2 thoughts on “Institutional Failure and the Tragedy of Climate Change”

  1. Posted 23/05/2011 at 18:38 | Permalink

    As the writer says the solution lies in the market. But if the market is to work efficiently the global economic model based on ever increasing consumption at an accelerating rate funded by personal and sovereign debt must be abandoned.

    When we have to pay realistic prices for our clothes, food flown in from Indonesia, the gadgets from which so many people gain their self esteem and all the rest, when credit companies set realistic limits on what people can owe, then as people start to live within their means carbon emissions will soon start to fall.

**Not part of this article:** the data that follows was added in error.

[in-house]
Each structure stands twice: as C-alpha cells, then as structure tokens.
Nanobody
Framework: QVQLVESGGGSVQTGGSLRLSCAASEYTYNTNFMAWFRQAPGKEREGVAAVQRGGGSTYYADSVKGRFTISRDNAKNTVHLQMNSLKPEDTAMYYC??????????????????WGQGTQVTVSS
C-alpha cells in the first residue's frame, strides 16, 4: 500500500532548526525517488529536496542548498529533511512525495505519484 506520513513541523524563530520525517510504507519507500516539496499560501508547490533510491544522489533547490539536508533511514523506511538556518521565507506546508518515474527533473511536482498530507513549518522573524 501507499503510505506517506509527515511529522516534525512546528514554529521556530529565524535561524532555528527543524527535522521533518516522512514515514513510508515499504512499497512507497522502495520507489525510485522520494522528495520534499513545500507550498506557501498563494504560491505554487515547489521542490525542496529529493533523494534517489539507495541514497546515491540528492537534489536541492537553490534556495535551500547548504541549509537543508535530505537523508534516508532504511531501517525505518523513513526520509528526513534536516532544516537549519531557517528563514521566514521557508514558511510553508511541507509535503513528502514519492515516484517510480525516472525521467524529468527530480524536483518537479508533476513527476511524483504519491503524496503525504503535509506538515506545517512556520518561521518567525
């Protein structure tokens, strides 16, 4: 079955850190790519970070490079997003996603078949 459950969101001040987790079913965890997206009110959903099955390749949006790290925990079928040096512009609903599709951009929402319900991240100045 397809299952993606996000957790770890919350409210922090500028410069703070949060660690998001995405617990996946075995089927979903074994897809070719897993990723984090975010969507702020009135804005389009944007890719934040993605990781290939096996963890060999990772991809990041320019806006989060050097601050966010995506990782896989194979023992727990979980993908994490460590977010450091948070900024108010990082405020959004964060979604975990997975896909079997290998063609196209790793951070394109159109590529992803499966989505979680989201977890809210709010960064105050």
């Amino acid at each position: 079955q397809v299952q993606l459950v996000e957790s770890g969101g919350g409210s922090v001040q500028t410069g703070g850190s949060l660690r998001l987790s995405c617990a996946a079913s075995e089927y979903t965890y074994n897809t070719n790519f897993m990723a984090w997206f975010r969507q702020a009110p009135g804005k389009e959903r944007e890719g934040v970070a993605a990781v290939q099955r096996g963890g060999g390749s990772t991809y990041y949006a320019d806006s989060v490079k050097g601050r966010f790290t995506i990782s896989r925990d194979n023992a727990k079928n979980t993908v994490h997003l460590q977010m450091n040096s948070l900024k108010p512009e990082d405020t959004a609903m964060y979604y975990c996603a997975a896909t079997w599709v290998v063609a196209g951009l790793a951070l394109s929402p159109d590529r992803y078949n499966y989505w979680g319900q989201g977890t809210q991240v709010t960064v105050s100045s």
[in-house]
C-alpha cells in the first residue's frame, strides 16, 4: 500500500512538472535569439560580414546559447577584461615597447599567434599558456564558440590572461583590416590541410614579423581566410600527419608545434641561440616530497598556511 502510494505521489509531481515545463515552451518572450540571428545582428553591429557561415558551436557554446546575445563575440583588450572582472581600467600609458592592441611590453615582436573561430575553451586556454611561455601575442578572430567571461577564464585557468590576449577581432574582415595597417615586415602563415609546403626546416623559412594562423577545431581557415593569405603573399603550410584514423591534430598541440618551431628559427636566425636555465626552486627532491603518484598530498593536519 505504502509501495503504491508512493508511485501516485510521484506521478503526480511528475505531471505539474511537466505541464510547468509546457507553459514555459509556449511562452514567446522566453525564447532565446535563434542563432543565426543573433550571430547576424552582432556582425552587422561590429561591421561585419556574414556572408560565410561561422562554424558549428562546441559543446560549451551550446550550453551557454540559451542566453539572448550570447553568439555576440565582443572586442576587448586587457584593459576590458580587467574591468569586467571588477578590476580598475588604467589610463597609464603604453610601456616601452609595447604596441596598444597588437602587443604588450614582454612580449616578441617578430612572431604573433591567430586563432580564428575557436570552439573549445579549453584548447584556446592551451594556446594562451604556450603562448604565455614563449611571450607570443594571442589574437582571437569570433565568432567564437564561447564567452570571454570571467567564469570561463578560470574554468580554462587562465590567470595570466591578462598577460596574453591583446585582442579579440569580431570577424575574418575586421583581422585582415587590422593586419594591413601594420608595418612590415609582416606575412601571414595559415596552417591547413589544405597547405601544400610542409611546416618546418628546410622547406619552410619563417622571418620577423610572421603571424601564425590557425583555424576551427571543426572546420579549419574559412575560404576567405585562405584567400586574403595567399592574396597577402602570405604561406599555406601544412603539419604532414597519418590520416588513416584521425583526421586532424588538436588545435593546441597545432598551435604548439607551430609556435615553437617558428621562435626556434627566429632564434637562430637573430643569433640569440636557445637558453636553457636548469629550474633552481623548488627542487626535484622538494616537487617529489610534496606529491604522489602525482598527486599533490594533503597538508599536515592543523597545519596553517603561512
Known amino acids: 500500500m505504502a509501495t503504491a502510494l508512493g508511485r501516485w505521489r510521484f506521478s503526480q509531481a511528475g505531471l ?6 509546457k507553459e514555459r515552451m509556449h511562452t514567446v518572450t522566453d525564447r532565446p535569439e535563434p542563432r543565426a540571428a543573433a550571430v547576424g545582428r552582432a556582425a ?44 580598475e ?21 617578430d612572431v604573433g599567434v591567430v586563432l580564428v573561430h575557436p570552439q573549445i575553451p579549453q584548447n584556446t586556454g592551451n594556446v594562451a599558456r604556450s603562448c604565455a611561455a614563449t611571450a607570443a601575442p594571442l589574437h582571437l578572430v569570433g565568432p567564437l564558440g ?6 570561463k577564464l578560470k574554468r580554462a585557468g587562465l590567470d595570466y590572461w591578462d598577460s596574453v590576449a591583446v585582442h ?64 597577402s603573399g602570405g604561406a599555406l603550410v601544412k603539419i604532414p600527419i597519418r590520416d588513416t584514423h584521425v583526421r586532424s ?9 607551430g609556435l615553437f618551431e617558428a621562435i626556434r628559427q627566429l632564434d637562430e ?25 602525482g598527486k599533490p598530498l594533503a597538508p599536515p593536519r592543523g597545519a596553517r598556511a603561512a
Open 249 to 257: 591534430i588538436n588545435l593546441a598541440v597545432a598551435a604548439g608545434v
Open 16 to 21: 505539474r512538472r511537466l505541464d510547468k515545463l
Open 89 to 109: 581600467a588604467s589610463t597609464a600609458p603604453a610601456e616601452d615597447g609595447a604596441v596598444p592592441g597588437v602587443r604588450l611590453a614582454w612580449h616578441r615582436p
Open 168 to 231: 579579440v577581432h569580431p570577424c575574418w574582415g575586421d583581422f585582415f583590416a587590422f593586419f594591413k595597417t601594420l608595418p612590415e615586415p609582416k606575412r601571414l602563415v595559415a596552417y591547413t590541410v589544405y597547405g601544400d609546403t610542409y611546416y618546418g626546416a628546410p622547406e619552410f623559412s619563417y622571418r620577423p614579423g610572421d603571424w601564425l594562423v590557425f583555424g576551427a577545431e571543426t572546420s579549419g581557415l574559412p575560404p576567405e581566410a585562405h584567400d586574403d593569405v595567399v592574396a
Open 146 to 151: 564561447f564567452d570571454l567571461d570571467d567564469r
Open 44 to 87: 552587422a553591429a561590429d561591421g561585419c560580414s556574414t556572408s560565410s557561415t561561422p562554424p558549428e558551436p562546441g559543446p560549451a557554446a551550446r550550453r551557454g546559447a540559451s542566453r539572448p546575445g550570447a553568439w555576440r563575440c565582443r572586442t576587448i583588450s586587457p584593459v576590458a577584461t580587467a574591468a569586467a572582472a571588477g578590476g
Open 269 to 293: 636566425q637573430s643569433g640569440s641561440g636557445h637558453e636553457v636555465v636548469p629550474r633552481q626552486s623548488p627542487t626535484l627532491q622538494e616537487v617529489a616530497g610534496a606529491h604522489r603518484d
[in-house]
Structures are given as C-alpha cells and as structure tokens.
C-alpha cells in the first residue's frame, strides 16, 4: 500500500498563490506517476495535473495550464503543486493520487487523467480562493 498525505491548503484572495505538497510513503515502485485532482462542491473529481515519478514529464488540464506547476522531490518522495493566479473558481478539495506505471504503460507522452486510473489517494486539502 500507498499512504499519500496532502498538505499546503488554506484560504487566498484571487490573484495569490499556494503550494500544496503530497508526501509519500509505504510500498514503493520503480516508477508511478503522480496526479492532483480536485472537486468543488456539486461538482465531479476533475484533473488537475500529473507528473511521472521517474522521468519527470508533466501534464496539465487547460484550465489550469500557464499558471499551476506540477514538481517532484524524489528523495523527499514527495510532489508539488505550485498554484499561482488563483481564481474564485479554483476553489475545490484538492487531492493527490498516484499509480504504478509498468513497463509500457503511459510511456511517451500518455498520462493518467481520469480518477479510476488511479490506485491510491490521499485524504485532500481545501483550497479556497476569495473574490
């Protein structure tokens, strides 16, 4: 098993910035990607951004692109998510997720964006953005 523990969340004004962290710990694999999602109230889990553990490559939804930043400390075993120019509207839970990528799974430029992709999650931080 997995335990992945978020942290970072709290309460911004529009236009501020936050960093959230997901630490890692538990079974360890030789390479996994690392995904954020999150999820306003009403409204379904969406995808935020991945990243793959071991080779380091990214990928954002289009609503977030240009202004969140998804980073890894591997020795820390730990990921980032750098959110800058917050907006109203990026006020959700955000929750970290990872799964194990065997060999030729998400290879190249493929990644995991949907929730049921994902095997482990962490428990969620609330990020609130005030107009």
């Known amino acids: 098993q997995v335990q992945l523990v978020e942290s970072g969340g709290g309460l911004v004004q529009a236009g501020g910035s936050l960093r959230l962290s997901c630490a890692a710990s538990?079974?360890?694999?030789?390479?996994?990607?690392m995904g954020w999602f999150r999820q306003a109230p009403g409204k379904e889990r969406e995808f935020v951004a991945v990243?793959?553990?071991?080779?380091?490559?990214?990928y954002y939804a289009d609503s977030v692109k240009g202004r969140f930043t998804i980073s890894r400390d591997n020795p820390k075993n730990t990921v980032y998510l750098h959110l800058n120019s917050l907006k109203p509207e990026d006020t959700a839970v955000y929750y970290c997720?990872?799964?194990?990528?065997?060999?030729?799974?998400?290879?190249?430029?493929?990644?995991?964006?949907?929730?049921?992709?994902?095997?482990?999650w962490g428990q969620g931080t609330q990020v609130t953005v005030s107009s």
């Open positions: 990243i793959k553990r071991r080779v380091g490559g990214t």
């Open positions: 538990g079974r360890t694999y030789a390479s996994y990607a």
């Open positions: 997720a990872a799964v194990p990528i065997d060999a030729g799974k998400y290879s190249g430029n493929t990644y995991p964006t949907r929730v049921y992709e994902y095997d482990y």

2. Posted 24/05/2011 at 13:15 | Permalink

    Ed, thanks for the comment. I didn’t say though that the solution lies with the market. I think most environmental problems have market solutions or potential market solutions. In the case of climate change though, I claim that there is no institutional solution. To have a market solutuion would require property rights to the atmosphere – but this is impossible (note I do not count carbon trading as a ‘market solution). Equally though, I don’t believe there is a state/political solution either – for all of the reasons set out in the second half of the post (on the Pileus site). I should add that these same reasons lead me to question your own faith in ‘reducing excessive consumption’ – who is to decide what counts as ‘excessive’ consumption or what the ‘right price’ is for clothes, food flown in from Indonesia etc …? There is certainly no reason to believe that politicians/the state can do this effectively. So, we can’t rely on the market in this case and we can’t rely on the state. So what do we do? I don’t profess to have an answer, and I wish others wouldn’t do so either.

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